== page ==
Openrexit means Openrexit?

Posted on Nov 30 2016 by Darren Farnden | No Comments
Categories : BT, Ofcom, Regulation

Yesterday’s trade press was dominated by the news that Ofcom has issued a directive that BT must ‘legally separate’ from its Openreach division. On the face of it, the move is designed to level the market playing field and encourage fairer competition but of course, whether it does remains to be seen. It’s important to appreciate that BT won’t have to split Openreach off entirely – it will still own Openreach, albeit as a legally separate entity. So what will this mean for the industry, resellers and customers?

Openreach will become a distinct company with its own board, says Ofcom, with non-executives and a chairperson not affiliated with BT (the newly appointed former Ofcom board member Mike McTighe). Ofcom also wants Openreach to have control over its branding and budget allocation. Importantly, it will have a duty to treat all of its customers equally.

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Goodbye Investigatory Powers Bill, Hello Investigatory Powers ACT

Posted on Nov 17 2016 by Paul Heritage-Redpath | No Comments

This has been a year of unthinkable events, so it should come as no surprise that last night the Investigatory Powers Bill (IPB) passed the final hurdle in gaining approval by both the House of Commons and the House of Lords. All that’s left for it to become law is to gain Royal Assent – i.e. the Queen has to sign it off.

Entanet has campaigned hard against the IPB and its previous incarnations. Given the volume of data breaches already this year, as a responsible ISP we consider the collection of every citizen’s browsing history to be a profoundly bad idea; it is inevitable that, at best, there will be scope creep among government departments. At worst, your life will fall into the wrong hands.

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What you haven’t been told about BEREC’s net neutrality guidelines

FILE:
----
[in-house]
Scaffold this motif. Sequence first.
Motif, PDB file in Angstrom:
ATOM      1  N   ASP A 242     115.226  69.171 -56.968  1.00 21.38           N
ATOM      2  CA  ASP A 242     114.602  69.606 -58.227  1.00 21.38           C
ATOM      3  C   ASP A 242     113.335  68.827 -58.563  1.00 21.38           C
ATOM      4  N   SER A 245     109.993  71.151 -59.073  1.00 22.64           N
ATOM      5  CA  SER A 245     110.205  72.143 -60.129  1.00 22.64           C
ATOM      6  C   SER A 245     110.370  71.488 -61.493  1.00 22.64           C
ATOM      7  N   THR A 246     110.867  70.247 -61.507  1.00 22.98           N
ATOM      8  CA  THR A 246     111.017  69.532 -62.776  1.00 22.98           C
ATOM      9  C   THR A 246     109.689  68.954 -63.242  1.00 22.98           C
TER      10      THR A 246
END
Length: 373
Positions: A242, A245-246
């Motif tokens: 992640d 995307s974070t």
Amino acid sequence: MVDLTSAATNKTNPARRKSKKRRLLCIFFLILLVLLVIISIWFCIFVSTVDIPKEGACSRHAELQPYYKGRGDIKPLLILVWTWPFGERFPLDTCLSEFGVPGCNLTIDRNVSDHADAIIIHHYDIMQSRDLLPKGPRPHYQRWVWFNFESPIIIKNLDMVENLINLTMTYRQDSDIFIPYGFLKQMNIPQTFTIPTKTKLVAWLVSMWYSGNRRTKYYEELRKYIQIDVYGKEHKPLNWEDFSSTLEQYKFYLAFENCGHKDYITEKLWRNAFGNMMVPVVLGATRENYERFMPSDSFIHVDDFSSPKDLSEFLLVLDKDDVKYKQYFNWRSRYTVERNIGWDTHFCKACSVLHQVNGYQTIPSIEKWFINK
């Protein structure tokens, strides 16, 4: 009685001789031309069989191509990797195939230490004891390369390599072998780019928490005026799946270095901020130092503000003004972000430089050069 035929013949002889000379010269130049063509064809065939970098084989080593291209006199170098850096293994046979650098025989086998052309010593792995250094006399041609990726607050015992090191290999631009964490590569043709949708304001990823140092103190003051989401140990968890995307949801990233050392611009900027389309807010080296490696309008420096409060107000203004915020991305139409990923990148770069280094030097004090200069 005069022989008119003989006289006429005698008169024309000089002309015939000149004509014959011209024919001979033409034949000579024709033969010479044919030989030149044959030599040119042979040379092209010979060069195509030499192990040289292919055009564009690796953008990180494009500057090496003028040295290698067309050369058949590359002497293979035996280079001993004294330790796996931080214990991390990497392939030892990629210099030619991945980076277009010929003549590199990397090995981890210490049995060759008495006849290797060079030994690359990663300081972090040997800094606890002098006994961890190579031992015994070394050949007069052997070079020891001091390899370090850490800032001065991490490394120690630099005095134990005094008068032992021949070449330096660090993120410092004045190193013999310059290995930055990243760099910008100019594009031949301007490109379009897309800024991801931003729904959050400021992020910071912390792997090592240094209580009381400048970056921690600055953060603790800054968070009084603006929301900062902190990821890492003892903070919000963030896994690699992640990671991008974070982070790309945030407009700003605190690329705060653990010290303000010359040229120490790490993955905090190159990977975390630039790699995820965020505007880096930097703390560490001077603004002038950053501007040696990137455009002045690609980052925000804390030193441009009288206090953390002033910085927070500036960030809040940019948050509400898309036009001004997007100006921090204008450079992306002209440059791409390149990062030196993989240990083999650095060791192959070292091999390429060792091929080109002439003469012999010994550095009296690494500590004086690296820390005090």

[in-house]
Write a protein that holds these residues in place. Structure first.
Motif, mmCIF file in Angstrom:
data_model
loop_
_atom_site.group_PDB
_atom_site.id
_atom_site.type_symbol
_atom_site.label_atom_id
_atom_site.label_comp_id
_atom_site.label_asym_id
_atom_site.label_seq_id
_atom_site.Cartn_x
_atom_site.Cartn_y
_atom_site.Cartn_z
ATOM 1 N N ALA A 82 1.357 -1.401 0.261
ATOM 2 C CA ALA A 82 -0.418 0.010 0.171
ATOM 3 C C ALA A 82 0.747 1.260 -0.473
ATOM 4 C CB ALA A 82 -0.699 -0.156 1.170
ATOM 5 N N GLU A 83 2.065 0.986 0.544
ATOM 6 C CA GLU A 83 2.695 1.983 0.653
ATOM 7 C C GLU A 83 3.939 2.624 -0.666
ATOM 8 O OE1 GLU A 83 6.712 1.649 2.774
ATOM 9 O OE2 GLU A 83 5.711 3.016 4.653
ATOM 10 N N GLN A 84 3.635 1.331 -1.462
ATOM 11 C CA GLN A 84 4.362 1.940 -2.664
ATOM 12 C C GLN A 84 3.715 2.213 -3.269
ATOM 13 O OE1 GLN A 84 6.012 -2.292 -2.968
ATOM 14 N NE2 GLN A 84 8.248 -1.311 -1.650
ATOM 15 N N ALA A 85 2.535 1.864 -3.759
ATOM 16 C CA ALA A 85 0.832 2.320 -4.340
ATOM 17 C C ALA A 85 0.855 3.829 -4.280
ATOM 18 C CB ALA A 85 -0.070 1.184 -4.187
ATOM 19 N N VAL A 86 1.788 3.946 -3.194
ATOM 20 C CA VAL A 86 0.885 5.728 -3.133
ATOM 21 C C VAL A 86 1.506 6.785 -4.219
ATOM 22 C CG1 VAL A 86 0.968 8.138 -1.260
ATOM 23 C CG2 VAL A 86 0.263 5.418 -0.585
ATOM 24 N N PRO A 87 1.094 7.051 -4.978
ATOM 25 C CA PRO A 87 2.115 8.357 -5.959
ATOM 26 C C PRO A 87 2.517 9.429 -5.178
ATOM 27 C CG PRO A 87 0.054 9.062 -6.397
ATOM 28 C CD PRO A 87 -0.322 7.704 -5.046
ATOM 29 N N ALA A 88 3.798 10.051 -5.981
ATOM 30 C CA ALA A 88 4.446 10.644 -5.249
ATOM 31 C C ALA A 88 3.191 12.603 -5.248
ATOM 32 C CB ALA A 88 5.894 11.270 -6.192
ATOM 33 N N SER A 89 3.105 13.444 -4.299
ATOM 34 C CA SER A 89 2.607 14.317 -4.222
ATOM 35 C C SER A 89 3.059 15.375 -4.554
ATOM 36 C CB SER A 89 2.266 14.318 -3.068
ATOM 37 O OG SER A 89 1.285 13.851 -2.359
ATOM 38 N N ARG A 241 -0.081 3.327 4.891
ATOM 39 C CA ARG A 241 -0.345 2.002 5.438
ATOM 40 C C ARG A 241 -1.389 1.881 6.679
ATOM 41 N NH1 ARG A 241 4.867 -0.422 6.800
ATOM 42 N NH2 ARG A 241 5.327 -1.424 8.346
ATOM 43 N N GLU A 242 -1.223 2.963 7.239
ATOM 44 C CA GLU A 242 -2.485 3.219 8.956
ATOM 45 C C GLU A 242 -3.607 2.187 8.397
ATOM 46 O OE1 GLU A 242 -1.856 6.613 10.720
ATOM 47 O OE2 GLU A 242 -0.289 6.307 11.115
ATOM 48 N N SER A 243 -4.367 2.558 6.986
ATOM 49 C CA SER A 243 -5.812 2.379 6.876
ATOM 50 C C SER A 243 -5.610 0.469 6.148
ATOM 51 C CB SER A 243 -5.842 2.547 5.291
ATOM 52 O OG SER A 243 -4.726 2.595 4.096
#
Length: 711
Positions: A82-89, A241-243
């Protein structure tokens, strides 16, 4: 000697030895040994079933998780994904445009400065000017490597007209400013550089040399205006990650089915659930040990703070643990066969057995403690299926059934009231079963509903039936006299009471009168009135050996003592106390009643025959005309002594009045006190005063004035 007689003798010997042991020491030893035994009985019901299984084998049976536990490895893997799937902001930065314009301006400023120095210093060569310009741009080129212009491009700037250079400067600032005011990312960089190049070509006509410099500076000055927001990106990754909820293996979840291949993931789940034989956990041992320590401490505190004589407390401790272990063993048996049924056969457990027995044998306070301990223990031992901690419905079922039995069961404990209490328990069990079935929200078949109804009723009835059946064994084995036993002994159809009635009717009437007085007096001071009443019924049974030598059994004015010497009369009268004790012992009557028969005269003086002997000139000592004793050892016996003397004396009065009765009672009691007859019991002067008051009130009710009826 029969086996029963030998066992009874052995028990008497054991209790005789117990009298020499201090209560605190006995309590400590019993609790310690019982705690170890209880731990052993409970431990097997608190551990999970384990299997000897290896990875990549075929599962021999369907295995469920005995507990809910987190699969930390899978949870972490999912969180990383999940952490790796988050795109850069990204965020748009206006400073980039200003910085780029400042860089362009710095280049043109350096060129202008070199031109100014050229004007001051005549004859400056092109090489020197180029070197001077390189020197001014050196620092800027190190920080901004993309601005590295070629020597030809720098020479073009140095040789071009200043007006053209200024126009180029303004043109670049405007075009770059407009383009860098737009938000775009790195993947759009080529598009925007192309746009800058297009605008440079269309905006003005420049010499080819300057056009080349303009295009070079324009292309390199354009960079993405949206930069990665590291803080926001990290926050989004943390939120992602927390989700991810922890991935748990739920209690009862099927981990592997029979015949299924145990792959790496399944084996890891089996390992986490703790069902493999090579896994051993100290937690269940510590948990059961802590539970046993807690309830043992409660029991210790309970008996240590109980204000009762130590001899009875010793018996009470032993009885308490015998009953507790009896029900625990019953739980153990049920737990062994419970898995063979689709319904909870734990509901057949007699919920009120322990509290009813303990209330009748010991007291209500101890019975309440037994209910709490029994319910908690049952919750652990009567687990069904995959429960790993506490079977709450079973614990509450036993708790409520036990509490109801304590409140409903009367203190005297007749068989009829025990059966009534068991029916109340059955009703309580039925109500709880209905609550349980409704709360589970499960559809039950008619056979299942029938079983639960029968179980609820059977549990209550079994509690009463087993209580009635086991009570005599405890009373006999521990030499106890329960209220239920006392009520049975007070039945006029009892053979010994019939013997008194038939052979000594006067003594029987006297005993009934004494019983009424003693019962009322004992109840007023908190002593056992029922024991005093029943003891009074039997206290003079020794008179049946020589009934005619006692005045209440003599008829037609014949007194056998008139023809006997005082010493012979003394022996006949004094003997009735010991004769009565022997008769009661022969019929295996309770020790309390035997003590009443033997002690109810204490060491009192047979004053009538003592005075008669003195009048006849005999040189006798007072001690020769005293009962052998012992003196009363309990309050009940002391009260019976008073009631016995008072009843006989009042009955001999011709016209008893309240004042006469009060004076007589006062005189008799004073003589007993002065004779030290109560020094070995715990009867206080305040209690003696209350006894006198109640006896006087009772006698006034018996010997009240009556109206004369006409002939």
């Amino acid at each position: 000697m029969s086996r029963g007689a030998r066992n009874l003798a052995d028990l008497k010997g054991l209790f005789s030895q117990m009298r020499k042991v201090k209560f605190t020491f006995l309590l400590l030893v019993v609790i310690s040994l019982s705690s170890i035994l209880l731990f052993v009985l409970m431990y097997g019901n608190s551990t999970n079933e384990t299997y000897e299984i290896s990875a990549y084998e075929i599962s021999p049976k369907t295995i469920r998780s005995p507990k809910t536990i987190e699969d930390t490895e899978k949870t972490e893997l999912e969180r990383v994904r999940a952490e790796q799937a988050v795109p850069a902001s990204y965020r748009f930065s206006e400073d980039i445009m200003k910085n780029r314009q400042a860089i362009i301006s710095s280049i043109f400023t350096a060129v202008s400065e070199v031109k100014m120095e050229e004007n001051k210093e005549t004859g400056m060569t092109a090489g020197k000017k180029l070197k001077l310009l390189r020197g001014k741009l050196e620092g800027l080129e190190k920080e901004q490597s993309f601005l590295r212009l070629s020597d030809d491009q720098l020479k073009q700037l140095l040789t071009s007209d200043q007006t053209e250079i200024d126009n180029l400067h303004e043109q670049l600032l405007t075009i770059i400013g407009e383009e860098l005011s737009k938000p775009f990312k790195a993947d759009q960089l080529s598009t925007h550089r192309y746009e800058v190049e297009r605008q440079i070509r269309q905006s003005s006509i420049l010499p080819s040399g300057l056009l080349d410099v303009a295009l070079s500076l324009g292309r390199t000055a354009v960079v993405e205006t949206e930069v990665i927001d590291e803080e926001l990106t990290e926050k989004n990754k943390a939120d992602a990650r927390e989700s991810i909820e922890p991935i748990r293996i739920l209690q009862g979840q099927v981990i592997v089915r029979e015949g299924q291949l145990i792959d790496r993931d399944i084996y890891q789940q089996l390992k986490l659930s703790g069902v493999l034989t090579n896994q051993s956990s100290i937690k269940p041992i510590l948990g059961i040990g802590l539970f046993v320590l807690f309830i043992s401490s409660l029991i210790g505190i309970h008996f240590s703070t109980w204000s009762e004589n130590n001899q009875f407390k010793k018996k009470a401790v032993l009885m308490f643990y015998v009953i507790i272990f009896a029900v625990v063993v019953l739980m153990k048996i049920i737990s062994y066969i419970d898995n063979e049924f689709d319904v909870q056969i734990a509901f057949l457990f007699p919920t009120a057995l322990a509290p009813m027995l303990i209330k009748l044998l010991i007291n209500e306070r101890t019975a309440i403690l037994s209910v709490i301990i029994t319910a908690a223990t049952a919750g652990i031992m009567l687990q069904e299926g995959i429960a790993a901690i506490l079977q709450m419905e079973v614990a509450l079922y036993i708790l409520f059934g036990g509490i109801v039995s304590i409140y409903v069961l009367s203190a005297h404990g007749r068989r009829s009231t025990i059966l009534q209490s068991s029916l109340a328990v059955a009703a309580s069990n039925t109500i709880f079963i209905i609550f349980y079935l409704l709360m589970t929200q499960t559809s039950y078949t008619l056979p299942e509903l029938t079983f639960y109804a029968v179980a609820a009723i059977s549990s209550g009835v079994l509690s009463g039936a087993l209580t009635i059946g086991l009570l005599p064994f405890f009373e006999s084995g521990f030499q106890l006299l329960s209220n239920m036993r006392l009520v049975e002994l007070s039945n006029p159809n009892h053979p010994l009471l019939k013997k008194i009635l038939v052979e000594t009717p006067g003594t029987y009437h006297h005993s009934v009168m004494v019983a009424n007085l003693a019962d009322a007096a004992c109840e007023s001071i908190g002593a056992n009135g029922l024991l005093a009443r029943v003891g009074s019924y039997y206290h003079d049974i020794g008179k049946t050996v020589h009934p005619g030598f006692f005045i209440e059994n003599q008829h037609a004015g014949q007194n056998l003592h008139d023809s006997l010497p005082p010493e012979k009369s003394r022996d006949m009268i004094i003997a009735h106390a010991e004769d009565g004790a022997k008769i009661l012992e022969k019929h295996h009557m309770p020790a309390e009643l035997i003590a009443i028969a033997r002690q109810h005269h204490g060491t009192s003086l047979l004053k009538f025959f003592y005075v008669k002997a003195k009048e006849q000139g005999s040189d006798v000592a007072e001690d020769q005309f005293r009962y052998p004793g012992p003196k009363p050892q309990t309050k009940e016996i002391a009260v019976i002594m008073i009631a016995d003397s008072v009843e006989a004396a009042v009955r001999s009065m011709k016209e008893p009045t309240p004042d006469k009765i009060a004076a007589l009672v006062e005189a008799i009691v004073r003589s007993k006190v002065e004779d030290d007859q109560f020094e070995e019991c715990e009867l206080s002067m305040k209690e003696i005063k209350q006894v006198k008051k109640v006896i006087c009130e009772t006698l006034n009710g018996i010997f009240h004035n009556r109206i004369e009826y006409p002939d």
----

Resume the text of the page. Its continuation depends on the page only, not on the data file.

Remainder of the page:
Posted on Sep 06 2016 by Neil Watson | No Comments
Categories : Net Neutrality, Regulation

This time last week we were readying ourselves for BEREC (that’s the Body of European Regulators for Electronic Communications to you and us) to publish its latest round of guidance on net neutrality. The guidelines that it’s produced aim to help Ofcom (and its European counterparts) enforce the “common rules to safeguard equal and non-discriminatory treatment of traffic in the provision of internet access services and related end-users’ rights” that came into force in November 2015. Following BEREC’s press conference, it didn’t take long for net neutrality advocates to declare the guidelines a victory for civil society. Meanwhile, telecoms companies across Europe and America, who have been campaigning to be able to exploit the Internet’s commercial opportunities to their fullest extent (this doesn’t include Entanet we hasten to add), gave their views on “a missed opportunity” through gritted teeth.

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Where there’s blame there’s a claim – really?

Posted on Aug 04 2016 by Neil Watson | 1 Comment
Categories : ADR, Broadband, Ofcom, Regulation

Over the last fortnight there have been a litany of connectivity faults preventing users getting online. First up was a power outage at TeleCity on the 20th July, followed by a failure at Telehouse North the very next day. Zen then suffered an outage that affected its DSL and leased line Internet services, and this week Sky’s fibre network was hit with an unusual routing problem and Virgin Media suffered a major fibre break. No business – no matter how big or small – is immune from faults that affect service delivery.

The outages that affected central infrastructure (TeleCity, Telehouse North and Virgin’s fibre break) impacted everyone in the supply chain. Some of our partners’ customers were unable to get online, along with the retail customers of BT, Plusnet and others, for several hours. There wasn’t anything we could do to physically fix the issues as the repair work was under their control; we could only keep our customers informed and manage their dissatisfaction as best we could. But the experience got us thinking: if Ofcom’s proposals for automatic compensation had been in place, how much happier would affected customers have been, and whose pocket would be feeling the pinch?

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So, who is Matt Hancock?

Posted on Jul 21 2016 by Neil Watson | No Comments
Categories : Government, Ofcom, Regulation

We certainly can’t take all the credit, but Ed Vaizey was unceremoniously dumped from his role as Minister of State for Culture and the Digital Economy last Friday evening. His replacement is the MP for West Suffolk, Matt Hancock.

Representing West Suffolk since 2010, and serving as George Osborne’s chief of staff before that, Mr Hancock isn’t a complete neophyte when it comes to politics. But what of that subject so close to our hearts? Is he likely to be any better at promoting connectivity issues and engaging with the industry than his predecessor?

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